Beyonce Leads Pop Star Legal Assault on French Fashion House

Beyonce Vanity Fair Party - H 2015
AP Images/Invision

Beyonce Vanity Fair Party - H 2015

Can Beyonce Knowles-Carter's new supergroup beat a "confidential agreement" she made earlier this year with the French fashion house ElevenParis?

On Tuesday, she along with Kanye West, Pharrell Williams, Robyn Rihanna Fenty and Shawn "Jay Z" Carter filed a complaint in New York federal court over use of their names and images on t-shirts, tank tops, sweatshirts, hats, backpacks and cell phone cases. The lawsuit asserts a whopping 58 claims including violation of publicity rights, trademark infringement and unfair competition over ElevenParis products bearing slogans like "Kanye is my Homie" and "Pharrell is my Brotha" and clothing featuring nicknames like Jay Z's "Hova," Beyonce's "Cayonce" mark, and copyrighted song lyrics.

The superstars are alleging that the French fashion house is advancing false associations, but there's also a curious 58th claim — the very last one — from Beyonce alone that possibly suggests more here than meets the eye.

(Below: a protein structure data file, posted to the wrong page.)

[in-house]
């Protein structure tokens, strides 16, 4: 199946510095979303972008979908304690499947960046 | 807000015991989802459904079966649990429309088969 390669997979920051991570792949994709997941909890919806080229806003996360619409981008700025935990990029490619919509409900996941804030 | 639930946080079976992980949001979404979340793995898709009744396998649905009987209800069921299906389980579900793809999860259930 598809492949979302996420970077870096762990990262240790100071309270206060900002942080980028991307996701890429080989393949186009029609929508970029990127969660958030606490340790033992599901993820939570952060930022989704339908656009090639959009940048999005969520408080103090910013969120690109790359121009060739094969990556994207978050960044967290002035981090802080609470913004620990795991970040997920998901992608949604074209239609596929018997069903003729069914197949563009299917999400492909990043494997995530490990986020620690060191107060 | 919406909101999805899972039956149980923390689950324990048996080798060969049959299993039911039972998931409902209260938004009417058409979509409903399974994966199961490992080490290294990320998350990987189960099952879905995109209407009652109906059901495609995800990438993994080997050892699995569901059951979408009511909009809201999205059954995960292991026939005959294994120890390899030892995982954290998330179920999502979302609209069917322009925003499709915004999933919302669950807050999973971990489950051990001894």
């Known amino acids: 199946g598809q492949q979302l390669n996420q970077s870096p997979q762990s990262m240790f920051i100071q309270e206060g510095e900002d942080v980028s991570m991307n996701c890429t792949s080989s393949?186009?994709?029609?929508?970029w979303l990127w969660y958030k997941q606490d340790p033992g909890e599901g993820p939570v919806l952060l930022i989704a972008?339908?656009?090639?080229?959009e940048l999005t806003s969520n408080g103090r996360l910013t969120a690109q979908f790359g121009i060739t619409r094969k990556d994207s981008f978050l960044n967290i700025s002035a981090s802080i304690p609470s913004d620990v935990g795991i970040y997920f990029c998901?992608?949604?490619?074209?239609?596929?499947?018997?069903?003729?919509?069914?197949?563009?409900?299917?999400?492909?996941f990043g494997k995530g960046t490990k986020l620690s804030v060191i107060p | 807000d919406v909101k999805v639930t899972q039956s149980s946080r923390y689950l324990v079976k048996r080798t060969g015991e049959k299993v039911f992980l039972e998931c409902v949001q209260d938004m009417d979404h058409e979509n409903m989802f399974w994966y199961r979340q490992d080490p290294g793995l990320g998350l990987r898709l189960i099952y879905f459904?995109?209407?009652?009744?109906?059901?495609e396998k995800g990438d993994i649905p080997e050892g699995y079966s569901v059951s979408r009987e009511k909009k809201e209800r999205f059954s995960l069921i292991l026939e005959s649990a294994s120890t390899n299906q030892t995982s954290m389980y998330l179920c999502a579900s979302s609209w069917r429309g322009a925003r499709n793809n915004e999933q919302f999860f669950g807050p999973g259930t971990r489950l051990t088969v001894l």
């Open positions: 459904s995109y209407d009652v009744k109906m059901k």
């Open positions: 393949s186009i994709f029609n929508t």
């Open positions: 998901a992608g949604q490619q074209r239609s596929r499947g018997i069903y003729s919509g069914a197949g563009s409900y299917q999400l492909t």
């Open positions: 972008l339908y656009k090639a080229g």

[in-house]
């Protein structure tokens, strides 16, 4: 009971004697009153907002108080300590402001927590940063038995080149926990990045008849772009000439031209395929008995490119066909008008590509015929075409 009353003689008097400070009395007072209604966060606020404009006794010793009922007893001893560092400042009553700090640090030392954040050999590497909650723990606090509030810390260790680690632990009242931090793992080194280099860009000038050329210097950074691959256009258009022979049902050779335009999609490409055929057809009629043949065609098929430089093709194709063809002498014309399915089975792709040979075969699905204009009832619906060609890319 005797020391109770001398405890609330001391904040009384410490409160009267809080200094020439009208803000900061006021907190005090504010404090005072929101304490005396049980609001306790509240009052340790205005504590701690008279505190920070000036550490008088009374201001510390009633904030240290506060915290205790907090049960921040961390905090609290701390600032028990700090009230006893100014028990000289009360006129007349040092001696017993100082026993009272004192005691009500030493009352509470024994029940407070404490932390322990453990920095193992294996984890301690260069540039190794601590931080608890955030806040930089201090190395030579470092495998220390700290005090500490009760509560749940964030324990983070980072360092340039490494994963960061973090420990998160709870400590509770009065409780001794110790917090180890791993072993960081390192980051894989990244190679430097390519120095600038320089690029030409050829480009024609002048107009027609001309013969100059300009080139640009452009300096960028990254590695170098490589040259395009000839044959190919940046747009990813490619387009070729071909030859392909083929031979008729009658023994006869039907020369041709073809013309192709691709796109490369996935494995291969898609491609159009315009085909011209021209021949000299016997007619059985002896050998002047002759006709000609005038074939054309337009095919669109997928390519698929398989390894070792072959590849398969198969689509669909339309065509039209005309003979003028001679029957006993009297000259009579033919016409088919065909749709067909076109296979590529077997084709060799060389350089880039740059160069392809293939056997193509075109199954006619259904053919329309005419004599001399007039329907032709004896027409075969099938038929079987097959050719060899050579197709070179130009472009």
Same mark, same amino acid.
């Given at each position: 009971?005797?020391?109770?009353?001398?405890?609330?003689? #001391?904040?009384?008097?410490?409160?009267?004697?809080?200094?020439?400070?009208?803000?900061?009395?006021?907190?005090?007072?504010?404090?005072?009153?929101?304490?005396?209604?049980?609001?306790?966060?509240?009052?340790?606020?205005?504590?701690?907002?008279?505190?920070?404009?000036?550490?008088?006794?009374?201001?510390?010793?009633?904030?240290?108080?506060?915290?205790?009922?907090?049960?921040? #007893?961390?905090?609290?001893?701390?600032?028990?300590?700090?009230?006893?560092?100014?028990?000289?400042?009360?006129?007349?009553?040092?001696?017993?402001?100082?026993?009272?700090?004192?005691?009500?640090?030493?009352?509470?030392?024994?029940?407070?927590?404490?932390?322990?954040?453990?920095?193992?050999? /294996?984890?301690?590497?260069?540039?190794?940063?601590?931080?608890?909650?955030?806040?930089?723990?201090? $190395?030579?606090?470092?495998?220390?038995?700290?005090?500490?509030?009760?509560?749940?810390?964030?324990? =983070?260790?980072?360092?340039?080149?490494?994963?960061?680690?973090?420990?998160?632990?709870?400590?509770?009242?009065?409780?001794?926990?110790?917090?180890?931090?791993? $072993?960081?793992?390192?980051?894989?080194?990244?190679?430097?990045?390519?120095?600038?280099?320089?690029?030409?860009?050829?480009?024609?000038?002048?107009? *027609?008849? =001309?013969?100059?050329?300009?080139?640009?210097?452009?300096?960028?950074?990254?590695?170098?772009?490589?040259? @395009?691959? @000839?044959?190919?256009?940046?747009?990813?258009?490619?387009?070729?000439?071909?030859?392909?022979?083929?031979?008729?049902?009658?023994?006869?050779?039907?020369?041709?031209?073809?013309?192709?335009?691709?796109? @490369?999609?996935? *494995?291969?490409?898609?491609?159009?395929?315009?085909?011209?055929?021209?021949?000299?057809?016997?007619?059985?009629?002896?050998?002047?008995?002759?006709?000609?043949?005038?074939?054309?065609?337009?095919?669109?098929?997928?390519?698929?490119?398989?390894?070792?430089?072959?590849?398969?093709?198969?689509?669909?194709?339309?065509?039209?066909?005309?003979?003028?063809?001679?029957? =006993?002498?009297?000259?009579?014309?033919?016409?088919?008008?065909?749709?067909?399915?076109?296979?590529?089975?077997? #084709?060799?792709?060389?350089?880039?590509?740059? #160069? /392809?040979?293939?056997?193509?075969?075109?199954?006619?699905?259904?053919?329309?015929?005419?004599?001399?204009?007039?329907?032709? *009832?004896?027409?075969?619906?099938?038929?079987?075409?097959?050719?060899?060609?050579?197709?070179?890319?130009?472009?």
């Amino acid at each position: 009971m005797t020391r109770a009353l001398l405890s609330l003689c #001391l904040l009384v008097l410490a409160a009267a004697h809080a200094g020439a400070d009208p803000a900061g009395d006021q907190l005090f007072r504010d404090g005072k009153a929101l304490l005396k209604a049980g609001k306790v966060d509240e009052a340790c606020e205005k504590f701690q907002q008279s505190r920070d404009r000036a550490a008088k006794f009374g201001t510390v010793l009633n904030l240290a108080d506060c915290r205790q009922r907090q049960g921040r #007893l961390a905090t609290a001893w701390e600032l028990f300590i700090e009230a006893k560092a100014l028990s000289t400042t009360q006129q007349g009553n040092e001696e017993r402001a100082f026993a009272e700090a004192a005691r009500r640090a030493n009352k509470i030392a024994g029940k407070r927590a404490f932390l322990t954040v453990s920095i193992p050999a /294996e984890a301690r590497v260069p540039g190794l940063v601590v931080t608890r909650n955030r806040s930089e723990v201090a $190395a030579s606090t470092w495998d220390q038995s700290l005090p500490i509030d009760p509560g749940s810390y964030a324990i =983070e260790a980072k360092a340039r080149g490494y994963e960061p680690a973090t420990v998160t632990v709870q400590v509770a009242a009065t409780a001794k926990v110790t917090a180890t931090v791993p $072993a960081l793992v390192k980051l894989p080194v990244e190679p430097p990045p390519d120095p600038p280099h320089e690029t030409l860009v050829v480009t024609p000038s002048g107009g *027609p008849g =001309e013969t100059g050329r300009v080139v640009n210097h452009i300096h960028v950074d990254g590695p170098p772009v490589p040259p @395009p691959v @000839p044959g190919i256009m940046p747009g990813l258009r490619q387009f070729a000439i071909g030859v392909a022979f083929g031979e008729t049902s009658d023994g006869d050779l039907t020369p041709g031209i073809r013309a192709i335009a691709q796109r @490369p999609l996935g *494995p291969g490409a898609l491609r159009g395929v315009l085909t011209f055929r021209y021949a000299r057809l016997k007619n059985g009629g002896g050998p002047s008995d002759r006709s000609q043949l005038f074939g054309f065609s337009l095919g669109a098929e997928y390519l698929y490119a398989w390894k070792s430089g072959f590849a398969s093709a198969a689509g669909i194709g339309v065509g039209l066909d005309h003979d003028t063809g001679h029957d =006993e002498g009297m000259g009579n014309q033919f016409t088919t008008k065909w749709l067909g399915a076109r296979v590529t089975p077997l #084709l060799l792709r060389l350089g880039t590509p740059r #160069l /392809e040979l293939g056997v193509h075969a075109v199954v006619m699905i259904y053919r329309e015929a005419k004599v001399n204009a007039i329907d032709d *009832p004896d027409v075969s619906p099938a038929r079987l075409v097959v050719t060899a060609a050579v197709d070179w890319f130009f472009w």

According to the complaint, Beyonce entered into a secret deal with ElevenParis this past January.

The terms of the deal aren't laid out, but ElevenParis is alleged to have "breached the terms and conditions" by selling unlicensed merchandise. The lawsuit reports that ElevenParis received warnings and a cease and desist over using the plaintiffs' names, images, likenesses and trademarks, but that ElevenParis continue to do so. This allegedly is in "direct contravention of both a written agreement with at least one Plaintiff, as well as ongoing settlement discussions in which Defendants have represented and warranted that they are no longer selling infringing merchandise anywhere in the world."

ElevenParis hasn't commented on the lawsuit.

Brad Rose at Pryor Cashman is representing Beyonce (and the other superstars). Here's the complaint.